Immunoassay analytes. Serum [TT.sub.3] concentrations in samples from 49 apparently healthy volunteers were measured in random order after collection in three different tube types on an IMMULITE 2000 analyzer (Diagnostic Products Corporation). Serum samples were analyzed in the same run in duplicate. Three reagent lots and one calibrator lot were used for the IMMULITE 2000 analyzer during the study. The reportable range of the IMMULITE 2000 [TT.sub.3] assay is 0.62-9.24 nmol/L. The intra- (n = 21) and interassay (n = 21) CVs for the IMMULITE [TT.sub.3] assay were, respectively, 6.7% and 8.1% at 1.36 nmol/L, 9.4% and 15% at 3.19 nmol/L, and 16% and 16% at 5.56 nmol/L. Serum samples from healthy volunteers (n = 23) were also assayed for [TT.sub.3] concentrations by an AxSYM automated fluorescent analyzer (Abbott Laboratories). The reportable range of the AxSYM [TT.sub.3] assay is 0.4612.32 nmol/L. The intra- (n = 80) and interassay (n = 80) CVs for the AxSYM [TT.sub.3] assay were, respectively, 3.8% and 8.7% at 0.97 nmol/L, 0.7% and 5.5% at 2.40 nmol/L, and 1.2% and 4.2% at 5.82 nmol/L. All assays examined, including [TT.sub.3], gave satisfactory internal and external quality-control results during the study.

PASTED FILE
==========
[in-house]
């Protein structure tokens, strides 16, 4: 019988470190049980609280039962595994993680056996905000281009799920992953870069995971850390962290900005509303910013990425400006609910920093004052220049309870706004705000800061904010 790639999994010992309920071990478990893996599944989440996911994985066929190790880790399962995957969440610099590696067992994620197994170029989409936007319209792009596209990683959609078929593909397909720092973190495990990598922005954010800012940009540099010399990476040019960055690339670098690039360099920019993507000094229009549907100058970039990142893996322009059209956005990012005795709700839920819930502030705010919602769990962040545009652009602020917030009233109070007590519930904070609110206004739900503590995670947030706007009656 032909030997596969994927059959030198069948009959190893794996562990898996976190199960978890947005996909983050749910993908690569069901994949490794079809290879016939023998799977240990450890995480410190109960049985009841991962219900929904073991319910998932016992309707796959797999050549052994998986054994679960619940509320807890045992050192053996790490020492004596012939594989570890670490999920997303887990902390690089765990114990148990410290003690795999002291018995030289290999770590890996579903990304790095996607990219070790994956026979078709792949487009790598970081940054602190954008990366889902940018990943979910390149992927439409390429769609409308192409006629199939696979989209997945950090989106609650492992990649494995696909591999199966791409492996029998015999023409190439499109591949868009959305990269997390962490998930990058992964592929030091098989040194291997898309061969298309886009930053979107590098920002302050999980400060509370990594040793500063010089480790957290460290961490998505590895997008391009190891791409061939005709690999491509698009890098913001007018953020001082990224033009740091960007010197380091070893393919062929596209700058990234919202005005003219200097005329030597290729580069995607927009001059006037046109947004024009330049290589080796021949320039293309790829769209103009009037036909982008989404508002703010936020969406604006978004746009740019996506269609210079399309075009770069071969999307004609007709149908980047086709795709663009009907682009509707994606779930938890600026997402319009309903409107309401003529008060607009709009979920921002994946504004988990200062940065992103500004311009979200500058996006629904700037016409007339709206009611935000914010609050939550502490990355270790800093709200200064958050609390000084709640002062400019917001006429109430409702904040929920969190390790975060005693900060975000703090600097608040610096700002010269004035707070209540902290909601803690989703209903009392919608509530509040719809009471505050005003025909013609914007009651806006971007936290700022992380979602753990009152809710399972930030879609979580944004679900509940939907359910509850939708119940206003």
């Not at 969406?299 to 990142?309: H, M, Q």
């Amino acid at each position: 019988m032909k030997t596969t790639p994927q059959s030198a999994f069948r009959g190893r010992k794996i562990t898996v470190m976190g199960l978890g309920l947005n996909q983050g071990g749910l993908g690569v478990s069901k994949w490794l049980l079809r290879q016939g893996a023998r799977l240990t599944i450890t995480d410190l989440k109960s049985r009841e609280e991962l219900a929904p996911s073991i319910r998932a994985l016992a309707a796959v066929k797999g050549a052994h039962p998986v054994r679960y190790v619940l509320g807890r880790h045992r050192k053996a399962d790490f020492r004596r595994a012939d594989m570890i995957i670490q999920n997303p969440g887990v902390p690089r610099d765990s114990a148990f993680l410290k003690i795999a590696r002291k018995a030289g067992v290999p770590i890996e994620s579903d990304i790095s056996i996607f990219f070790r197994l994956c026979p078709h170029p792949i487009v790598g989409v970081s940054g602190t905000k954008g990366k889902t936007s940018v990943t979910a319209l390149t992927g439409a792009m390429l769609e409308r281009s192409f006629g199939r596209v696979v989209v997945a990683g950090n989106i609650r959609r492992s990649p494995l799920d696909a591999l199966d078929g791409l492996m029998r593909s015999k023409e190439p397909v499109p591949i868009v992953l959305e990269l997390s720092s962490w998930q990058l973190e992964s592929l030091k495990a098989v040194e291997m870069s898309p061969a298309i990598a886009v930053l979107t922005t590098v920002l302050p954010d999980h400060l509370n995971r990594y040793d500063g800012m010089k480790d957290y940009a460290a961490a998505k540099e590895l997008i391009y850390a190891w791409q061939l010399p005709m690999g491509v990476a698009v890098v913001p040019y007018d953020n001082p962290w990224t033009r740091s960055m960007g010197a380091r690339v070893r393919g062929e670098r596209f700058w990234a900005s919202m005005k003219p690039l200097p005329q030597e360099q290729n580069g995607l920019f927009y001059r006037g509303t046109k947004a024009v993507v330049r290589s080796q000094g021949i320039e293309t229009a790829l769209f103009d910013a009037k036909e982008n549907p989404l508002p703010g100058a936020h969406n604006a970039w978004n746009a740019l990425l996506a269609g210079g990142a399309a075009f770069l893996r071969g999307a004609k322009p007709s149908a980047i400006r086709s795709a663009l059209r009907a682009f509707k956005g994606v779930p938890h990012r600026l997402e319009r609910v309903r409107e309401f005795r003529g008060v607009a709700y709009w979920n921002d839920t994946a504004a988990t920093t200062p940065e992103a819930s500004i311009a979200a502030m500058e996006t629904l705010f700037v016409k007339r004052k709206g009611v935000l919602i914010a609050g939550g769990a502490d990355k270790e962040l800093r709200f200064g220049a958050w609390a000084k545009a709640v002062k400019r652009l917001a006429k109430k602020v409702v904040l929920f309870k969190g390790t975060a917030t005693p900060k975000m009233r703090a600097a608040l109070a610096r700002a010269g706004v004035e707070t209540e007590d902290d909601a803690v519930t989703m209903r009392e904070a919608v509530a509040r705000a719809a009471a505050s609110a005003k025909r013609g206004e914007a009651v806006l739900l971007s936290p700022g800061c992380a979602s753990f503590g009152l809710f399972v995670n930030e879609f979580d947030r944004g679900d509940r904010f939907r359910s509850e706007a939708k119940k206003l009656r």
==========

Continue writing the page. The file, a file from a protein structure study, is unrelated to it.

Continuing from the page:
The same serum samples were also analyzed on an IIVIMULITE 2000, according to the manufacturer's instructions, for thyroid-stimulating hormone, sex hormone-binding globulin, growth hormone, ferritin, insulin, and [[beta].sub.2] microglobulin by immunometric principles with labeled detection antibodies and binding antibodies immobilized to polystyrene beads. Total and free thyroxine, folate, vitamin [[beta]sub.12], cortisol, C-peptide, thyroid-binding globulin, dehydroepiandrostendione sulfate, and testosterone were measured by competitive immunoassays using limited immobilized antibodies and labeled hormones. Serum samples from each volunteer were analyzed singly in the same batch.